The other day I was speaking to someone I’d met somewhere. I was told that I “moved like a robot sometimes” (referring to my range of motion in the left shoulder/neck area) and that they “had no interest in handicapped people”. Now, I’m quite aware of my shortcomings in this particular area. I work hard to restore what I can of what I lost, cognizant all the while that I will never physically be able to do everything I used to do. And usually I would just dimiss this sort of comment – and this type of person – without a second thought. But coming as it did amongst the other comments people had made, and with my own sensitivity, no matter how unjustified, about how I look and how I’m able to move (or not), this really drove a spike into my ego and pushed me to a new low.

My family sensed there was something wrong, but I couldn’t (wouldn’t) tell them about these things, so I’m afraid I left them worrying about me unnecessarily without something concrete on which to pin it. And so it was that I turned to two people – two dear friends – very close to me, concerned about me, and unloaded on them. Both of them understood the problem my psyche was having with these comments and that the answer was not to tell me just to snap out of it. I’m incredibly grateful to have these kinds of people around me. Thanks to them, and another excursion today to eat (soup) in public, letting conversation flow over and around me like water in a cool stream, enjoying a rare, truly spring-like day with a hint of crispness in the air, I’m back on track and ready to face whatever else pops up before me, demon or not.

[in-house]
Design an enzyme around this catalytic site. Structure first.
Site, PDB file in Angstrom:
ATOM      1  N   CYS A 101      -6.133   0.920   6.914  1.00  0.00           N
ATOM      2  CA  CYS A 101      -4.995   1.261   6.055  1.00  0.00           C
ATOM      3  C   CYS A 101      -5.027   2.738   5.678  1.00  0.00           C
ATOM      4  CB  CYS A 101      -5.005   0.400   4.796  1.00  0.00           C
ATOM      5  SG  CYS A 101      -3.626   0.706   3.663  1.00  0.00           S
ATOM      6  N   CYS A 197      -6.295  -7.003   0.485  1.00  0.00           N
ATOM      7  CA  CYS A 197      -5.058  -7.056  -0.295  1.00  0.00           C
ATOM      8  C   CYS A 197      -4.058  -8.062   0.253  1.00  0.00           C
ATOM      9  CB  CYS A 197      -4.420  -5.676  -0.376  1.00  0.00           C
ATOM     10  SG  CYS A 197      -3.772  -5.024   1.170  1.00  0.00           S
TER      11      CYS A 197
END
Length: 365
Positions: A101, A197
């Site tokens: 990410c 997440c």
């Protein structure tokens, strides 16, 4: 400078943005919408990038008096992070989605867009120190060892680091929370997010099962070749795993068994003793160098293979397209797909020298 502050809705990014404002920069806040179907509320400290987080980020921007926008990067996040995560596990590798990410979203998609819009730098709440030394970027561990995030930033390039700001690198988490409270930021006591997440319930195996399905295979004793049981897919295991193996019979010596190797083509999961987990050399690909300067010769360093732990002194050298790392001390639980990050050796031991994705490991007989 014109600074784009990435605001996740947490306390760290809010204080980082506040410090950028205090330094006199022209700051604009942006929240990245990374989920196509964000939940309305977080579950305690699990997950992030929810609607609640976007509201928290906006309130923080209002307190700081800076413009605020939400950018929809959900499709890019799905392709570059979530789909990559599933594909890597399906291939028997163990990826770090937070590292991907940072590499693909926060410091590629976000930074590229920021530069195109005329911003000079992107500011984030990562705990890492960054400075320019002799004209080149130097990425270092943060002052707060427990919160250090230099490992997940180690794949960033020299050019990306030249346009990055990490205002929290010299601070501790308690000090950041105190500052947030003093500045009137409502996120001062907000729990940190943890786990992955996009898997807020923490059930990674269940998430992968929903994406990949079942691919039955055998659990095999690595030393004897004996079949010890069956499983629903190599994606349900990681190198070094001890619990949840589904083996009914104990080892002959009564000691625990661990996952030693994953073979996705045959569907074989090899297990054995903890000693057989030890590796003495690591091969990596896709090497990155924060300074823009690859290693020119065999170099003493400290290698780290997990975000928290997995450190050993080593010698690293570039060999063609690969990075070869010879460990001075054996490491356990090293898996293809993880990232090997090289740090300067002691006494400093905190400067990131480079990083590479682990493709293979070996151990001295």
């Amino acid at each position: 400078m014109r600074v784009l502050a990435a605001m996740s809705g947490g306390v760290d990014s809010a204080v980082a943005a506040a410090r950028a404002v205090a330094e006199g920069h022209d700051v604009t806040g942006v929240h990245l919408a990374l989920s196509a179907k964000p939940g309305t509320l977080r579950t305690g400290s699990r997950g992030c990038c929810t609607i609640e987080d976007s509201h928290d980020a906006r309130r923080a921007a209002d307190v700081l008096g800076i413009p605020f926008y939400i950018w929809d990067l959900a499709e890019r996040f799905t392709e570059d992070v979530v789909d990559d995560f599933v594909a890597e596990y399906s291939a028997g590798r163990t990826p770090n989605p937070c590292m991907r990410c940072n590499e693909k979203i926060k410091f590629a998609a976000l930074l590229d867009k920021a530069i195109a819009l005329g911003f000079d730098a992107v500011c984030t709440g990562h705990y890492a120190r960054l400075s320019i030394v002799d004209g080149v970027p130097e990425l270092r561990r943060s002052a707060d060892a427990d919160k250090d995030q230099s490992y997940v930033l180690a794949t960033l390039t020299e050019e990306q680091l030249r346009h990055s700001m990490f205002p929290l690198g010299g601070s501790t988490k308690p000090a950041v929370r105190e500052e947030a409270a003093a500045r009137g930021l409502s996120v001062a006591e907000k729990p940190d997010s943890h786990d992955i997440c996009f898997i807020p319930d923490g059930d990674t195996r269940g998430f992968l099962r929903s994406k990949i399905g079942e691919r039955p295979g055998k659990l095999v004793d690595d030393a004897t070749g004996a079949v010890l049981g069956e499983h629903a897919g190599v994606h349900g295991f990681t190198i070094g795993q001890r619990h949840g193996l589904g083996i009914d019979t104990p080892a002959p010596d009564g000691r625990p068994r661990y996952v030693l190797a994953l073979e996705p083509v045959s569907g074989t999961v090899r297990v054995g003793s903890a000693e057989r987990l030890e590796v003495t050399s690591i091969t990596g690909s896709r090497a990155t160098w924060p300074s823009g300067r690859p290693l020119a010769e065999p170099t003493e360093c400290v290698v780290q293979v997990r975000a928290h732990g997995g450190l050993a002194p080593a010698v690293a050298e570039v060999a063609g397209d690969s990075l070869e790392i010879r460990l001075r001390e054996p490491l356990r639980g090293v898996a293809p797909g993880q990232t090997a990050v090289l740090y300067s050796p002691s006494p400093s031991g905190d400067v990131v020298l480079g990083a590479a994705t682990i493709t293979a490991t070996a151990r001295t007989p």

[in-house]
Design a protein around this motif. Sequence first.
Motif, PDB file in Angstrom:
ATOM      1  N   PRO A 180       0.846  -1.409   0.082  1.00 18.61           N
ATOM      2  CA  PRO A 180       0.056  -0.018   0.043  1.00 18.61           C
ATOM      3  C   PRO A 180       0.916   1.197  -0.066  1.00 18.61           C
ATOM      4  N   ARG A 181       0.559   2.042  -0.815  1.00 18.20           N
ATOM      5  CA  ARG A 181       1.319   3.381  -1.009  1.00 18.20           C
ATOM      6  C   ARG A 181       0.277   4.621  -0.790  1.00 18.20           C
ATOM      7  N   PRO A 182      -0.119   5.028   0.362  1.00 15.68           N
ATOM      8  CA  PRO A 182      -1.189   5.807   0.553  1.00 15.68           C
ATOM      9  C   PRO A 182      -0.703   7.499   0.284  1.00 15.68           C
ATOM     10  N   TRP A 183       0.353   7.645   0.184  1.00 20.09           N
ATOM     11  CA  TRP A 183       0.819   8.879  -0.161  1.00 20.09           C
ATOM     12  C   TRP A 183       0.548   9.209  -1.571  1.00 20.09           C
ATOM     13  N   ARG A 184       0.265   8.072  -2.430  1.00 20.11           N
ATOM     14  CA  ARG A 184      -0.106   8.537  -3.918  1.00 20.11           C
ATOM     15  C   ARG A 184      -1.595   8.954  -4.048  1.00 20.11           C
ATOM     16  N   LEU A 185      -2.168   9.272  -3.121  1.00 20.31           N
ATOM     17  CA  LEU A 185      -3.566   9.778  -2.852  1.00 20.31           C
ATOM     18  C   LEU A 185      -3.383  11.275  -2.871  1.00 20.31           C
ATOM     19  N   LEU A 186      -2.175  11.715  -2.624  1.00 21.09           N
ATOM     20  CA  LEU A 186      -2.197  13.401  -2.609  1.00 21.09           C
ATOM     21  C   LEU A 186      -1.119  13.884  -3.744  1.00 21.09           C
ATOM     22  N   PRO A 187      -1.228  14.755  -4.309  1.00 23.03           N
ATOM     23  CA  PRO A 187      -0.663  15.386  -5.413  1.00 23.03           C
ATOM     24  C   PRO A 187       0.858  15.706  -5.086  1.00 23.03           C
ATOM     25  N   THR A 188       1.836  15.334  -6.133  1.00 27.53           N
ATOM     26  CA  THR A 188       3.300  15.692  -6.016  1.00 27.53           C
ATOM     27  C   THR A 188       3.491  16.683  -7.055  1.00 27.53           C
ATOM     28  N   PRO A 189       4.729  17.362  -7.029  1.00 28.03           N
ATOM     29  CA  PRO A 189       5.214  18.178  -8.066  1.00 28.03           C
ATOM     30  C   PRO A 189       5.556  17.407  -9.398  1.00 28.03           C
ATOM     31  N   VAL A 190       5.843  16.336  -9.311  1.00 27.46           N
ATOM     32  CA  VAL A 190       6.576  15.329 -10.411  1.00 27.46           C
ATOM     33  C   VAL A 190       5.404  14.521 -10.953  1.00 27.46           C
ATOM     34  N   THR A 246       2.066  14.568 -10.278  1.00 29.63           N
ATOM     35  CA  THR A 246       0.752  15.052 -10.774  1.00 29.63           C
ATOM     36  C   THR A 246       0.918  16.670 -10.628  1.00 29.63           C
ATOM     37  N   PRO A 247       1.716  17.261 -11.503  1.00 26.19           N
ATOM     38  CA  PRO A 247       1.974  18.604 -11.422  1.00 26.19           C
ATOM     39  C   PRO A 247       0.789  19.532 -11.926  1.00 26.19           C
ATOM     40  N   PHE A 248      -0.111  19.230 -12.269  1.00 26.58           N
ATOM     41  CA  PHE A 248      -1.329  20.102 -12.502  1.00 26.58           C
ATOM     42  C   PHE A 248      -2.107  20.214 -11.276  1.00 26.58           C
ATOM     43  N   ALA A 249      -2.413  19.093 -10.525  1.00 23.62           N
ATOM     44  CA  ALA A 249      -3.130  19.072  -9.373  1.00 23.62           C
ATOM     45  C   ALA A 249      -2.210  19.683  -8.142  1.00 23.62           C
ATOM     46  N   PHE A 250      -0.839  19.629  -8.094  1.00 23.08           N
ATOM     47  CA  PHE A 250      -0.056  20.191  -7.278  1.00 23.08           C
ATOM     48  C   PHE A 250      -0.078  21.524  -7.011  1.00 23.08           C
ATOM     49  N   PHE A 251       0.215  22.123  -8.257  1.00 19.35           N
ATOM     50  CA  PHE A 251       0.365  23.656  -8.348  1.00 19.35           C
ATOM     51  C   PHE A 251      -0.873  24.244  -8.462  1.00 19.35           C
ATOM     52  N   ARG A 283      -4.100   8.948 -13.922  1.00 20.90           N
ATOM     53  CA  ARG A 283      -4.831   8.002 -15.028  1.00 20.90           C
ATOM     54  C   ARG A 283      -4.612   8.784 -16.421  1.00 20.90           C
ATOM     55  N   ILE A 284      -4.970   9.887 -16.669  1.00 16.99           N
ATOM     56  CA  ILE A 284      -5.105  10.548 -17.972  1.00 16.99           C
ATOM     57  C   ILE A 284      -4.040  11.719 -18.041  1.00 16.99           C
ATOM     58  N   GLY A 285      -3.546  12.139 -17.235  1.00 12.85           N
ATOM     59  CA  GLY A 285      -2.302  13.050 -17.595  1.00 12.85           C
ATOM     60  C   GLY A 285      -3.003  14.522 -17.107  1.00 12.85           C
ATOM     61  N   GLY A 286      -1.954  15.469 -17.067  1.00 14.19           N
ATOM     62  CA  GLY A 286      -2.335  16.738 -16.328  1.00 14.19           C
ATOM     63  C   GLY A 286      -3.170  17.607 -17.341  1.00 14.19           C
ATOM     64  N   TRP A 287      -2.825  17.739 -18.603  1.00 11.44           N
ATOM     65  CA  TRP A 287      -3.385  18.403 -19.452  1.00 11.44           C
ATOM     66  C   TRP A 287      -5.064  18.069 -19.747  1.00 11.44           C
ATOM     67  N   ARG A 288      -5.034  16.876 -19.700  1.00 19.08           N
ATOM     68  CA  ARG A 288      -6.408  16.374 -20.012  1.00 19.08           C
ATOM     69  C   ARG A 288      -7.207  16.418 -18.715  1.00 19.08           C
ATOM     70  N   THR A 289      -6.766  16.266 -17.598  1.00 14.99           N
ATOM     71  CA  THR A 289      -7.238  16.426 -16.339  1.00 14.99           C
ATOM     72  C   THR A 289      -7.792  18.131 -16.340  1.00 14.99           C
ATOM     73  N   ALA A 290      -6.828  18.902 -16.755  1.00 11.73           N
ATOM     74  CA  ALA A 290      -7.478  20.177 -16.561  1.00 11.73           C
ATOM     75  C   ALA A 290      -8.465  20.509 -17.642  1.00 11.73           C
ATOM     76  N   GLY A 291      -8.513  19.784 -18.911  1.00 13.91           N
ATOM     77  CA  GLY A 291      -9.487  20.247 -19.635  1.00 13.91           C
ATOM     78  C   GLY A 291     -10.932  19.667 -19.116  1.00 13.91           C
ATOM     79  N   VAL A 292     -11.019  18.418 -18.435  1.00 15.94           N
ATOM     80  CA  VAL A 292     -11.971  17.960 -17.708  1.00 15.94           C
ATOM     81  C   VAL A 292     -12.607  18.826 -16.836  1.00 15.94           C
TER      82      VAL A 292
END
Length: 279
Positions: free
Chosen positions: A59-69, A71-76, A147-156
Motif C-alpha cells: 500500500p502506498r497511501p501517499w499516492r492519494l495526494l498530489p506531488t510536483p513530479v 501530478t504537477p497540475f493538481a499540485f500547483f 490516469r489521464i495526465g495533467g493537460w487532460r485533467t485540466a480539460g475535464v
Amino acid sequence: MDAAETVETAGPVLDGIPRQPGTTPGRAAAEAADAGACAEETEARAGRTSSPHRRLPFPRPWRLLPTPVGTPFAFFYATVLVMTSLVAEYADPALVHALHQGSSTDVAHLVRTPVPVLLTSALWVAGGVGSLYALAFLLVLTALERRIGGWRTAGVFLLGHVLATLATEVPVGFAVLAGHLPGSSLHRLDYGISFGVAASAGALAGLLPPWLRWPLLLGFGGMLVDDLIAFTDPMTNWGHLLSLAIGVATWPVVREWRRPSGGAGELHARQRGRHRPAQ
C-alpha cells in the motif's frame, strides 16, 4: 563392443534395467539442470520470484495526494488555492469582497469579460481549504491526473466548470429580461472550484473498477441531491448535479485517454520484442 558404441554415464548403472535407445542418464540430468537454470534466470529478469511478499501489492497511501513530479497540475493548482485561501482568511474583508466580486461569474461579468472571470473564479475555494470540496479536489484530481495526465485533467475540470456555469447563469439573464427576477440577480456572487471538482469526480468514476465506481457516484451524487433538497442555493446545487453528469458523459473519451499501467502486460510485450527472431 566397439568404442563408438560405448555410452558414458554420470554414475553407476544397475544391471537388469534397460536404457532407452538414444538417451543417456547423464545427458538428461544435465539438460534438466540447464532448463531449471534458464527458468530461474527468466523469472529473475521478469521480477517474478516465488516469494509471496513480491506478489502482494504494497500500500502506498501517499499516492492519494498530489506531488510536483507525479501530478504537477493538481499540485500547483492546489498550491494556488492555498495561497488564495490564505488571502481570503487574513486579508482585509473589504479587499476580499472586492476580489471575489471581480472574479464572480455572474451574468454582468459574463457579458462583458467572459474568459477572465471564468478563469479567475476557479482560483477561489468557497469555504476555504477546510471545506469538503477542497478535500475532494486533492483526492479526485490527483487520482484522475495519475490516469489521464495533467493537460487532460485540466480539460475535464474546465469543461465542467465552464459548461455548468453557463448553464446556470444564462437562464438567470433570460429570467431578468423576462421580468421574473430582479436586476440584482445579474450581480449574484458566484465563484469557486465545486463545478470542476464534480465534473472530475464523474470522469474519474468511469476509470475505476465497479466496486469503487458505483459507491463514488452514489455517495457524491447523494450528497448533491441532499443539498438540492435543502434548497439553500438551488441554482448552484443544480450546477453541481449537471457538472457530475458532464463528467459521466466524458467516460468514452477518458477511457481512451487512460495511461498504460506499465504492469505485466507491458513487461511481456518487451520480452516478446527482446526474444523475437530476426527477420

2 thoughts on “Full of spirit’s melancholy And eternity’s despair”

  1. Annette:

    You know my story, so it will be no surprise that I celebrate your recovery – even the bumpy parts. You have endured much, survived much, and proven what a courageous, strong and admirable person you are… take heart, there are many of us struggling to be just a fraction of what you are…

  2. Julia, good to see you!

    I know we’ve had this discussion before, and I thank you for your continued very nice and sweet comments. But I’ll say again that people like yourself and the (25-year old) woman I met who had terminal colon cancer are showing the very best of humanity in the face of dire circumstance that has no basis in justice whatsoever.